Finally, I heard applause from the lobby and deduced that Daphne had come down the stairs in her celebration dress. I had been awed by the beauty of her white wedding gown at the church, but when she entered the dining room to take her place beside me, I was struck dumb.

She had parted her hair at the crown of her head and combed it so that it fell straight down to the top of her shoulders, emphasizing her perfect face.  Since she was never one for excess makeup, she had deftly applied a very light blush to her cheeks and had slightly reddened her lips.  Her bare neck was adorned with a necklace of emeralds that highlighted her deep green silk dress. The top of the dress covered her shoulders and continued downward into full length sleeves. However, from the insides of the sleeves the dress plunged downward and then straight across a top of her chest revealing a hint of cleavage.

She saw the effect she had on me and smiled coyly at my imbecilic gaze. To keep the crowd moving, which had stopped to gaze at her, and to bring me back to a coherency, she took her place next to me and extended her hand to a person in line.

“Thank you so much for coming. Jim and I really appreciate it,” she gushed.

The crowd kept coming in the door for what seemed like an hour, and I swear that a few men went through the line more than once just to view her somewhat revealing dress.  However, she paid then no attention. Periodically, she would glance slyly at me and smile.  More than once I had to take a few deep breaths to keep control.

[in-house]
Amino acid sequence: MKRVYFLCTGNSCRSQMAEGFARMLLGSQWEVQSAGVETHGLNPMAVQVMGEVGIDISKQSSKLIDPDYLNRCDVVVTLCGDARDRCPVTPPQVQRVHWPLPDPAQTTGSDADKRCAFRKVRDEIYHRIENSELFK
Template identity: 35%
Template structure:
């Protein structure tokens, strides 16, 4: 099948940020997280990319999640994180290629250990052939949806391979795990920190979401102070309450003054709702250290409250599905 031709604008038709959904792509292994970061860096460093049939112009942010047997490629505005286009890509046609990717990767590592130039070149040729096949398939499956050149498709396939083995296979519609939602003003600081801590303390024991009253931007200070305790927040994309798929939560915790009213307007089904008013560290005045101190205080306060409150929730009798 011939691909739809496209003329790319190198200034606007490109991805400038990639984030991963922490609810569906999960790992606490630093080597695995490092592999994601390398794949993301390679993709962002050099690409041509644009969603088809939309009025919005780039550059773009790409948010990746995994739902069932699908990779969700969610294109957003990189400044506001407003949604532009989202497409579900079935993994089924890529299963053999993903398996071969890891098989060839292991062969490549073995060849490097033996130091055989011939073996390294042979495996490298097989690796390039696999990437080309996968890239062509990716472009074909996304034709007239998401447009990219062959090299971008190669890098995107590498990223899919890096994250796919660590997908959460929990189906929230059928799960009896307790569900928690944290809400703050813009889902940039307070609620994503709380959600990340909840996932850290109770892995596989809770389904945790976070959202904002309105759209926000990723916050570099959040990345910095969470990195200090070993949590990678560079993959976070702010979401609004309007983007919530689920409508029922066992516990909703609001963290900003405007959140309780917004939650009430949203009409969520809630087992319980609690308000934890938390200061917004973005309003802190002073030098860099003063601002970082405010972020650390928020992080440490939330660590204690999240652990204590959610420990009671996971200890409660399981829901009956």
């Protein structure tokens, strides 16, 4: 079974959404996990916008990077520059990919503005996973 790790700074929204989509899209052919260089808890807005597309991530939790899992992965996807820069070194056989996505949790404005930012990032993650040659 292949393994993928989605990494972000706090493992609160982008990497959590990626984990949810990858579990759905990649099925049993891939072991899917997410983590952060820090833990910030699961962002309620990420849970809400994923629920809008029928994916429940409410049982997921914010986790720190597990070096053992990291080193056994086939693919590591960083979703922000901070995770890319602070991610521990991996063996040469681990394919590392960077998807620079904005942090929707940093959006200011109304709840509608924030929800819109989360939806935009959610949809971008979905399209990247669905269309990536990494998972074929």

356 virginia reel

Finally, everyone had been greeted, food had been consumed, and drink had been distributed.  The musicians suddenly stopped and made the announcement to grab a partner. Everyone rushed to take Daphne’s hand, but I said, “She’s my partner for dancing tonight boys.”  As the honored couple, we took the floor, and remembering the 19th century dances from my reenacting days, we began the celebration with a Virginia Reel.

The night’s celebration continued with dancing, a toast by Tom Newcomer, who gave his regrets that his parents couldn’t attend due to a family emergency, and the continued flow of town folk expressing wishes for our happiness.

Toward the end of the evening, we were awarded with the appearance of Caleb and Joshua Throckmorton, along with their mother, the sister-in-law of Mr. Throckmorton, who was the banker in Shepherdstown, Virginia.  We had a great reunion with a lot of wild and exaggerated stories being told of our confrontations with the Gill gang. All the hyped tales got me to thinking about the highwayman that I had asked Colonel Daniels to recover from the Newcomer barn.

When the crowd began to thin down, I pulled Caleb aside and asked, “How did ya know about tha wedding? We only planned it this morning.”

“Uncle Elias Throckmorton sent a rider to tell us about it and said we needed to attend. The rider told me to tell ya that Uncle Elias apologized for now being here, but to give ya his congratulations,” Caleb commented.